The Americans Association of Equine Practitioners (AAEP, 2020) established the following equine lameness scale:

Degree 1: Lameness that is difficult to observe in any situation.

Degree 2: Lameness that is difficult to observe at a walk or trot but appears in certain circumstances.

Degree 3: Permanent lameness at trot at all times.

Degree 4: Lameness is evident by nodding the head or taking a short stride.

Degree 5: Lameness is very evident and permanent with minimal weight bearing and manifests itself at rest and even more so when moving.

The knowledge and understanding of the pathophysiology of laminitis is somewhat unknown, a situation that limits efforts for its prevention and treatment. Therefore, timely diagnosis and subsequent medical treatment, supported by biomechanical methods, are of utmost importance to minimize the effects of this disease (Mitchell et al., 2015).

The objective of this study is to describe the diagnosis and treatment of a case of bilateral laminitis in a five-year-old Spanish pure-bred mare, which was treated with anti- inflammatory therapy, hoof trimming and corrective horseshoeing.


It is presented the case of a five-year-old Spanish pure-bred mare (Figure 1), that began with discomfort when walking and lying down most of the day. This problem had been present for about three months. The degree of claudication, considering the scale of EEAP (2020), it was rated from degree 5; she also presented increased digital palmar pulse. The mare was rested in a stall with a rubber floor and a bed of shavings with a thickness of approximately 70 cm to make her as comfortable as possible. Its feed was based on fresh Taiwan grass (Pennisetum purpureum) chopped at free access without additional concentrate.

Figure 1 Clinical process of laminitis in a Spanish Breed mare. a) Aspect of the laminitic hoof, b) Physical examination of the hoof clearly shows necrosis of the dermal laminae and cell death, c) MAD latero- medial image with evident 5° rotation about to perforate the solar part, d) therapeutic fitting of the hoof based on a glued aluminum horseshoe and impression material to support the palmar part of the hoof, e) radiographic aspect of the MAD after 12 months of treatment and f) aspect of the MAD hoof after 12 months of treatment. 

First, a physical examination of the hoof (Figure 1 a,b) of the right/left forelimb was performed using palpation forceps. Subsequently, radiographs were taken using a latero- medial projection to determine the degree of rotation of both limbs (Figure 1 c). Once the radiographs were obtained, it was established that the rotation angle of the third phalanx (p3) was greater than 5º. Trimming was performed to stabilize and improve the position of P3 within the corneal case, so that the therapeutic hardware would perform its function of trimming the step. The hardware used in the treatment was a libero model (Mustad, Norway) with a rokert toe modification (Figure 1 e).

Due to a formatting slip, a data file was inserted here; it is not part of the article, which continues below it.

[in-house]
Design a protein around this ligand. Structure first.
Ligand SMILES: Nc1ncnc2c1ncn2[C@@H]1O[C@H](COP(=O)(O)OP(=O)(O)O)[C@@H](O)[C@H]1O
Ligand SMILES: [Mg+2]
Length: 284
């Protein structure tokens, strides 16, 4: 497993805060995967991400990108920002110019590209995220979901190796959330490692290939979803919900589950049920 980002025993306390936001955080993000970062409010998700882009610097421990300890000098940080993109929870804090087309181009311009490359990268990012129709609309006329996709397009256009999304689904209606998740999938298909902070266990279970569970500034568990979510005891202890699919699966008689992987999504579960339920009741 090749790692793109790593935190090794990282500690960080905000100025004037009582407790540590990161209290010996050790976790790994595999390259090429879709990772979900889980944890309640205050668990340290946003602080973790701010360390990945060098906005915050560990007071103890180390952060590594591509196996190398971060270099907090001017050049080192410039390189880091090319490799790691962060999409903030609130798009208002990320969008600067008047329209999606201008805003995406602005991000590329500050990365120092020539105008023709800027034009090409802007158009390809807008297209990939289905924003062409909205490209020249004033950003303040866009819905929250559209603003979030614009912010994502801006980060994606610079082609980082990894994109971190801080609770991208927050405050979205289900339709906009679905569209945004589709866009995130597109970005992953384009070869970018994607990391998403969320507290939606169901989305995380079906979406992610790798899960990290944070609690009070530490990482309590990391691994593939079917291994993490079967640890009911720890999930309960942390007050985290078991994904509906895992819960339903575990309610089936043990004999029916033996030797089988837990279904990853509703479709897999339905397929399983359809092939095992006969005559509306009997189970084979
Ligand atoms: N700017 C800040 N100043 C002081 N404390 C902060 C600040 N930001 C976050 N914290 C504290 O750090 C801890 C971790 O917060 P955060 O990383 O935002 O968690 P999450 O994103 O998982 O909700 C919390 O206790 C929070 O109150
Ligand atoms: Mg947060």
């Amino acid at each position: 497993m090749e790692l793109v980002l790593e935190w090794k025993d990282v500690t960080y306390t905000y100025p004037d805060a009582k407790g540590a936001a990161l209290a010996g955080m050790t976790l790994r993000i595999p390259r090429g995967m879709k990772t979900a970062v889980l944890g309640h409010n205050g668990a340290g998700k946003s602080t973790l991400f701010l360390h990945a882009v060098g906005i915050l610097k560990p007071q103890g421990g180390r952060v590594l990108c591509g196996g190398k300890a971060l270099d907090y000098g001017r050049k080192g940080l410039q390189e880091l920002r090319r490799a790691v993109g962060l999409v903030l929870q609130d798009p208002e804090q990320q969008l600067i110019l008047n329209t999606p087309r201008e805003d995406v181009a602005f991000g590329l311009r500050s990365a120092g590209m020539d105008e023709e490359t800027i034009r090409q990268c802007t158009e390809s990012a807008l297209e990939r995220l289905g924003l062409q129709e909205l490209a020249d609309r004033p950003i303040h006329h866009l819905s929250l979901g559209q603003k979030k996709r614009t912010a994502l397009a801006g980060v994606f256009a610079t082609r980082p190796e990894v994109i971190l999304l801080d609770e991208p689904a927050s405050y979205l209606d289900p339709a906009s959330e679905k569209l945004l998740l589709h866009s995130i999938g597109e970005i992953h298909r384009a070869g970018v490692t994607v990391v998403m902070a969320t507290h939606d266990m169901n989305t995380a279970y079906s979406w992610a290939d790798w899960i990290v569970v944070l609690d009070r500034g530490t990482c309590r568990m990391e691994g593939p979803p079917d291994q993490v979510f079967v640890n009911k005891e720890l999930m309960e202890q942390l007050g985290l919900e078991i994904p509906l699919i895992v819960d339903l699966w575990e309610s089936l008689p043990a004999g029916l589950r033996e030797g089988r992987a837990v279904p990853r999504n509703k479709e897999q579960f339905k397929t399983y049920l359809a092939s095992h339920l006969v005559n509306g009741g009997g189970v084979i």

Thirty-day therapy was prescribed with anti-inflammatory drugs 1.1mg/kg intravenous meglumine flunixin every 24 h, accompanied by omeprazole 2 mg/kg orally to prevent possible gastric ulceration and prolong the use of anti-inflammatory drugs.

After 12 months of treatment with therapeutic shoeing (Figure 1 f), the mare presented a considerable improvement and gain in body condition, achieving a pregnancy.

Figure 2 shows the radiographic images of laminitis at the beginning as well as its evolution at six and 12 months after treatment.

Figure 2 Radiographic images of bilateral laminitis, a) MAI with rotation of 5 to the point of perforating the sole; b) MAI at 6 months after de-rotation and tenotomy of the common flexor tendon and c) MAD after 12 months of treatment. 


Timely prognosis given by ethical clinicians is very important in the treatment of equine conditions such as laminitis. The most recommended parameters to estimate the prognosis in equines with laminitis are: claudication degree and the intensity of third phalanx rotation measured as the angle formed by the dorsal aspect of the podal bone and the hoof wall (Londoño-Sossa et al., 2011). The degree of claudication is commonly determined based on the classification defined by Obel (1948), but recently some authors (Meier et al., 2019) have made modifications to that scale and proposed a five-criteria, three-stage method that employs a severity scale of 0-12; however, this method is very limited given that many of the signs on which the criteria are based may not be present in the preclinical phase (with the exception of the digital pulse).

In the present clinical case, since the patient remained lying down and without any attempt to get up, a degree 5 was assigned, which is assigned when the animal refuses to move unless forced; which according to EEAP (2020), is the most severe degree. In this regard, Mitchell et al. (2015) describe that it is common for severely affected horses to take a specific posture to shift their weight onto their hind legs, due to intense pain that is often accompanied by anxiety and muscle twitching. It is vitally important to avoid prolonged periods of recumbency in animals due to the potential for pressure ulcers (Mitchell et al., 2015).